The Industrial Commission took action on May 3, 1966, in a "Decision Upon Rehearing and Findings and Award for New, Additional or Previously Undiscovered Disability." Therein it referred to the March 17, 1965, action as "Findings and Award" and affirmed the same. By the action taken, the Commission found that: "1) Applicant's physical condition remained essentially the same between March 1, 1965 and January 19, 1966; 2) that applicant on or about January 19, 1966, suffered a change in physical condition requiring additional medical treatment; 3) that said change in physical condition is not disabling and applicant is able to continue in his regular employment; 4) that applicant has new and additional disability related to the industrial episode of February 3, 1964; and 5) that applicant is entitled to further accident (medical) benefits only."
The Commission action contained a 20 day clause, from which no timely petition for rehearing was made. However, petitioner was referred to Dr. Fonseca for further care, and the doctor was authorized to secure a consultation with a Dr. Toll, an orthopedic surgeon.
After an X-ray and a myelogram were taken, Dr. Toll reported:
"It is my impression that this man sustained a cervical strain as a result of the accident in 1964 and he now presents with a mild residual of the same. I believe that no active treatment other than continued observation is indicated. He most probably will continue to have intermittent symptoms of neck pain with rotation as he describes and this may be permanent in degree.
I believe he should be re-evaluated in 4-6 months for purposes of final disposition."
A group medical consultation was conducted in February, 1967, in which Drs. Fonseca, Toll and two others participated. This consortium of doctors concluded that the
"* * * claimant's condition has reached a stationary level in recovery from the injury of 2-3-64. We acknowledge the patient has intermittent discomfort in his neck which can be attributed to the injury but we do not feel at this time we have enough physical evidence and abnormalities in physical examination to warrant stipulation of any percentage of physical disability. We do not believe he is disabled to perform the work he did at the time of the injury. The patient is to continue his program of exercises in which he has been adequately instructed.
If, at some time in the future, his condition should deteriorate or should become worse it should be reopened for additional evaluation and possibly for treatment."
Formal hearings were subsequently held on June 15 and July 12, 1967, at which time testimony of the consortium of doctors was taken. In answer to questioning the doctors again opined that petitioner had suffered no permanent disability and that his condition was "stationary" in the sense that no further treatment was required at that time.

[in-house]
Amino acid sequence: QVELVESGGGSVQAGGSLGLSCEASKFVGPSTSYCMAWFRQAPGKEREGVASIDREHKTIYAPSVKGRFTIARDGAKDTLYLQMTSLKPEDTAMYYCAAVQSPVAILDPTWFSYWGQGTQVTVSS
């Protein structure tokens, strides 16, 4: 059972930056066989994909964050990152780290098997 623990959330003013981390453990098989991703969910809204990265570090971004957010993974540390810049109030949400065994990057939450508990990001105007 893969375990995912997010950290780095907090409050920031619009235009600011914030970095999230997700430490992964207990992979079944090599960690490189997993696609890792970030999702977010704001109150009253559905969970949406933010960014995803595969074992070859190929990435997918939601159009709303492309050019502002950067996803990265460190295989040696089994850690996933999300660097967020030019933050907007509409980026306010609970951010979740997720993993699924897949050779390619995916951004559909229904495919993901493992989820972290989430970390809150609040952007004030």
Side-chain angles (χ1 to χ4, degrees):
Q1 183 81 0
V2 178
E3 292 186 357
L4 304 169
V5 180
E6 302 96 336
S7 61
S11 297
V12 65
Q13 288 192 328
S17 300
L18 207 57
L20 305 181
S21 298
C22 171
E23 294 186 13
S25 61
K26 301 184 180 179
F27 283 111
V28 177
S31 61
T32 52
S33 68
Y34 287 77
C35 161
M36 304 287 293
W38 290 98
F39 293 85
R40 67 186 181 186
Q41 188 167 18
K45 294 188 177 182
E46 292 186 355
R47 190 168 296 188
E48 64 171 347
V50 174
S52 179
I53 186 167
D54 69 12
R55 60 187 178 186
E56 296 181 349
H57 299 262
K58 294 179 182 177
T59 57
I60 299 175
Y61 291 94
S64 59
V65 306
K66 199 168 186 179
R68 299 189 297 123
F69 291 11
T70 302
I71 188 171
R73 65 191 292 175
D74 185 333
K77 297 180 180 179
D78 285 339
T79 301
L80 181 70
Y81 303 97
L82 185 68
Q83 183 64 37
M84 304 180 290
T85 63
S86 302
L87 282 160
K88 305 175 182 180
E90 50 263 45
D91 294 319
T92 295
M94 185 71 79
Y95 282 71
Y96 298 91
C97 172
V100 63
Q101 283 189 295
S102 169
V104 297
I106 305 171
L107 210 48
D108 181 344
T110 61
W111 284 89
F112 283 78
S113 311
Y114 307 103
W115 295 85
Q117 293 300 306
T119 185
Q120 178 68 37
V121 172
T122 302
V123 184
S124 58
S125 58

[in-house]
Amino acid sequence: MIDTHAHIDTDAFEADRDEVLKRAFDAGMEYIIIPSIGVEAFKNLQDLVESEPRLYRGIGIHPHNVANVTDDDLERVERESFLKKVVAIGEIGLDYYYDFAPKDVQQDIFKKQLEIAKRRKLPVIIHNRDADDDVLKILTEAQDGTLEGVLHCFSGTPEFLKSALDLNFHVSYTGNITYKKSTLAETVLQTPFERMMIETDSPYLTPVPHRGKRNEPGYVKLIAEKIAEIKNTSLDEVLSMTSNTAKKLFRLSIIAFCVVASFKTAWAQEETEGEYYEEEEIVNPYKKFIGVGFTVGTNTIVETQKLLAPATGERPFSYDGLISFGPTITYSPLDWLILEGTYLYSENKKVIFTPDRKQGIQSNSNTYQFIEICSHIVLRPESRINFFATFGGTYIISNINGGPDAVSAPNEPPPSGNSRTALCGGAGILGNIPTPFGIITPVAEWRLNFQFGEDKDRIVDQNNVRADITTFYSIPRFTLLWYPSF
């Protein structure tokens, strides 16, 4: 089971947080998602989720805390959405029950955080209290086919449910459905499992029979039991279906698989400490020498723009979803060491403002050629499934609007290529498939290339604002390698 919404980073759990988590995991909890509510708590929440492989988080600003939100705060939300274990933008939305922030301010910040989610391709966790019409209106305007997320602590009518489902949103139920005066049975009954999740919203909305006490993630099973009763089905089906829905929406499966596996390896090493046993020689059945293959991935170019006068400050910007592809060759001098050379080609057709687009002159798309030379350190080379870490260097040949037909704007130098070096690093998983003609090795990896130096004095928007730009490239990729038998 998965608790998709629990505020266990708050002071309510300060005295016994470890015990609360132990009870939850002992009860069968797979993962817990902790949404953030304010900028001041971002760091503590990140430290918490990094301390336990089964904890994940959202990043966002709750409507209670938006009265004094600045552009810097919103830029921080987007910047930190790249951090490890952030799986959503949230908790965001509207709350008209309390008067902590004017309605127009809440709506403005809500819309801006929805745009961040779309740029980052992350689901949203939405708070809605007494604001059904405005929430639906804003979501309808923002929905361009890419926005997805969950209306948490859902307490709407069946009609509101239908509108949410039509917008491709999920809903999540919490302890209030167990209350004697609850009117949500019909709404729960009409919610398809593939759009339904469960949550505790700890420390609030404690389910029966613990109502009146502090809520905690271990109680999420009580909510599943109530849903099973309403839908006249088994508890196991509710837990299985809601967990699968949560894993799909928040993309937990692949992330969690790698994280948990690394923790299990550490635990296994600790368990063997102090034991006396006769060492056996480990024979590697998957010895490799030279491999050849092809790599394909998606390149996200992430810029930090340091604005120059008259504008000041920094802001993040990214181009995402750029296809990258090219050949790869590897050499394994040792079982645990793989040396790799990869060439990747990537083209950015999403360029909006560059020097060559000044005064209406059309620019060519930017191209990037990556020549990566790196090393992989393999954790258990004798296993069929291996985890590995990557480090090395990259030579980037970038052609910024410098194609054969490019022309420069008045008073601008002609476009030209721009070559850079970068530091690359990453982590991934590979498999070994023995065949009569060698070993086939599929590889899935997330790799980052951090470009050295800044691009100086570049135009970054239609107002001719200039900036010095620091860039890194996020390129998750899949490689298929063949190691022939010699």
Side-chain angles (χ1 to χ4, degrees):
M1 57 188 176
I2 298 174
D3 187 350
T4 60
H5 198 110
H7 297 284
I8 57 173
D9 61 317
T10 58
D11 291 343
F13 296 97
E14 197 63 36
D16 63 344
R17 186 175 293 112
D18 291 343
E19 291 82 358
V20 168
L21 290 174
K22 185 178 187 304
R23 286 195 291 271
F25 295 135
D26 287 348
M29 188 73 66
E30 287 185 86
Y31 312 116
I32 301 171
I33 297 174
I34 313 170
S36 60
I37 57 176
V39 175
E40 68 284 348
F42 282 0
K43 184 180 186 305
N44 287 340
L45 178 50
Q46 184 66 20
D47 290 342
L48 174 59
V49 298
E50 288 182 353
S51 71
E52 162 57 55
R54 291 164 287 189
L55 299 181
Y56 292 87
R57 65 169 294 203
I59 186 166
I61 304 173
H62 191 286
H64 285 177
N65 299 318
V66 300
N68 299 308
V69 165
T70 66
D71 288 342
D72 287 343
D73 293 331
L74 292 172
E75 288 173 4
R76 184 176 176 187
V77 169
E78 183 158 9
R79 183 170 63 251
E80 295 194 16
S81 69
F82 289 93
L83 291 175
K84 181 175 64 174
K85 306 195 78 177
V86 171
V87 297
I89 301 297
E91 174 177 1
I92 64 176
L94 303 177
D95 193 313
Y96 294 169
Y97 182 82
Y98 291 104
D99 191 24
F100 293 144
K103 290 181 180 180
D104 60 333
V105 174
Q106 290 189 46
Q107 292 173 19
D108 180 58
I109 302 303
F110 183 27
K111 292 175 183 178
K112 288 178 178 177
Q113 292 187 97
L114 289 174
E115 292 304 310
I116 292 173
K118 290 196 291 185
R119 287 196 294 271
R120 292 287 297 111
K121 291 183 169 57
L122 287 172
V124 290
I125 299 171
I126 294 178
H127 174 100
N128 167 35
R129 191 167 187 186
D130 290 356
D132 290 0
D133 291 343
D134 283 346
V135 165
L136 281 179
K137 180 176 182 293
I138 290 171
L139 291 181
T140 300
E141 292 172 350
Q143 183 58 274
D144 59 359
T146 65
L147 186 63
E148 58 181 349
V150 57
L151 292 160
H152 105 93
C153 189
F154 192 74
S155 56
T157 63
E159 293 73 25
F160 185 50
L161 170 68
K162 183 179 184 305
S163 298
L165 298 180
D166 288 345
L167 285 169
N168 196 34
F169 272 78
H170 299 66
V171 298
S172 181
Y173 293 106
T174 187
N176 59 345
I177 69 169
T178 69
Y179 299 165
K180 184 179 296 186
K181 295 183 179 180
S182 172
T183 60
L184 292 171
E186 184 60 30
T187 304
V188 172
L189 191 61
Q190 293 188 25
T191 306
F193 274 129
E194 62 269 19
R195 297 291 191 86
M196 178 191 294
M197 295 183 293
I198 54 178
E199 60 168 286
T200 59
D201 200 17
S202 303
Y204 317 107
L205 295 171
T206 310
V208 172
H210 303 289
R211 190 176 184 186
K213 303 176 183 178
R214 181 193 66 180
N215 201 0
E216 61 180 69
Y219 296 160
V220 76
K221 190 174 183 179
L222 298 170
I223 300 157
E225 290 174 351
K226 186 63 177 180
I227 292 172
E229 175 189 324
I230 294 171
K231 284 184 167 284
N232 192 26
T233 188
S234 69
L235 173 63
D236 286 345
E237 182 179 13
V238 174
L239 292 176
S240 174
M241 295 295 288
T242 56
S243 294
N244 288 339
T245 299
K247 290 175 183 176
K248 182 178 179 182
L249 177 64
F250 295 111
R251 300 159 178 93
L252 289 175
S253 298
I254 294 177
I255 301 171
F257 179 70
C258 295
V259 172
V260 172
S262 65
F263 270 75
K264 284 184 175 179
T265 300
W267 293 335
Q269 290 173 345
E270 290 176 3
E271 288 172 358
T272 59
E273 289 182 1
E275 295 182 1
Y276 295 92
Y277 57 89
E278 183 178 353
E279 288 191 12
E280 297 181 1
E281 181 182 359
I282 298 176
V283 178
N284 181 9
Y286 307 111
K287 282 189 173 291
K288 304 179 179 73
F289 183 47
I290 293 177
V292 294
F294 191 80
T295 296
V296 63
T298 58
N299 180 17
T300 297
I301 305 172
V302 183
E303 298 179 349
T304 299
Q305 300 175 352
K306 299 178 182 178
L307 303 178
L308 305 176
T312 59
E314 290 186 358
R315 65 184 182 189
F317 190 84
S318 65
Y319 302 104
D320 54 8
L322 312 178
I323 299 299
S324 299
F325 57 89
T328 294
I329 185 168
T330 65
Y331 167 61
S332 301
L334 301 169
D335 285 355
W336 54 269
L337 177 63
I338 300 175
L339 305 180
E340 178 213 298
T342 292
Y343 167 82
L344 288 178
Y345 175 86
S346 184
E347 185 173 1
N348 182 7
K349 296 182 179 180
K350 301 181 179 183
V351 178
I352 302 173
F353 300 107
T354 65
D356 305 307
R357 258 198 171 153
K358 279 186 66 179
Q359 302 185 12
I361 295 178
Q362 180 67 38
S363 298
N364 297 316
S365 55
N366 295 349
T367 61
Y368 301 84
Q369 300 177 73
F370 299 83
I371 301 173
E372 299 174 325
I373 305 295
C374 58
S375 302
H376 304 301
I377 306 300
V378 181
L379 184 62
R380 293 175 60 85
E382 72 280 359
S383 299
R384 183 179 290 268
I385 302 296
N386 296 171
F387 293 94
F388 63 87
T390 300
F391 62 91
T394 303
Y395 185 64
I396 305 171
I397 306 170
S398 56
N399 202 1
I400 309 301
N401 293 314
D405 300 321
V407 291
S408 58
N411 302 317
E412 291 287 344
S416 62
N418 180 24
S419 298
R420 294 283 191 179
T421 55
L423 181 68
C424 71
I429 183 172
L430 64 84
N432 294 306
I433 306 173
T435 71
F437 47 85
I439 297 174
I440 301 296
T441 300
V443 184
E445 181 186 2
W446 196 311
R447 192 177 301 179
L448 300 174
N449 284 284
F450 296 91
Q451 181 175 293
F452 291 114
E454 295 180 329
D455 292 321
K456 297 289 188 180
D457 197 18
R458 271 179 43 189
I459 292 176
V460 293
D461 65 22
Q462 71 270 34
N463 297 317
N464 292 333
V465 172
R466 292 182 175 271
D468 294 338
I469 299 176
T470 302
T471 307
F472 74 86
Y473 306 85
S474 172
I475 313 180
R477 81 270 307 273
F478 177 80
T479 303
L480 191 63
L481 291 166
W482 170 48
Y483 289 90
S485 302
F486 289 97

The Commission rendered a "Decision Upon Rehearing and Final Findings and Award" on October 5, 1967, finding in part: "1) That as a result of the industrial injury of February 3, 1964, the applicant has periodically and intermittently had symptoms of pain in the neck and headaches; 2) that said symptoms have not been and are not now disabling; 3) that the applicant has sustained no permanent disability as a result of his industrial injury of February 3, 1964; 4) that the applicant's condition became stationary on May 23, 1967, requiring no additional medical treatment, and the applicant is therefore entitled to medical benefits through May 23, 1967, in the sum of $695.22; 5) that the finding that the change of condition of January 19, 1966, was not disabling became res judicata; 6) that the applicant has not been disabled for work in excess of seven days as a result of said injury and is therefore not entitled to compensation; and 7) that the Findings and Order of March 17, 1965 is supported by the evidence."
The Commission award provided for a deficiency award for petitioner should his judgment from the third party be less than the benefits awarded by the Commission. The document also contained a 30 day clause, but petitioner chose to petition for review in the Court of Appeals. On review the Court of Appeals found that findings #3, 5 and 7 of the award were erroneous.
In arriving at its conclusions, the Court of Appeals went to great lengths to alter the nomenclature and hence the procedural effect of the actions taken by the Industrial Commission, actions which in our opinion were rather clear and succinct. The Court of Appeals opinion recreates that:
"The March 1965 action was not an award. It was merely an interim action holding the matter in abeyance pending final disposition of the personal injury action."
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"There being no `Findings and Award' entered on 17 March, 1965 under the circumstances outlined in this opinion, the Commission was in error in affirming the so-called Findings and Award. It is clear that the action of 3 May, 1966, was an erroneous interim action in that without additional formal requests, the Commission proceeded to secure a more complete medical evaluation." 8 Ariz. App. at 570, 448 P.2d at 414.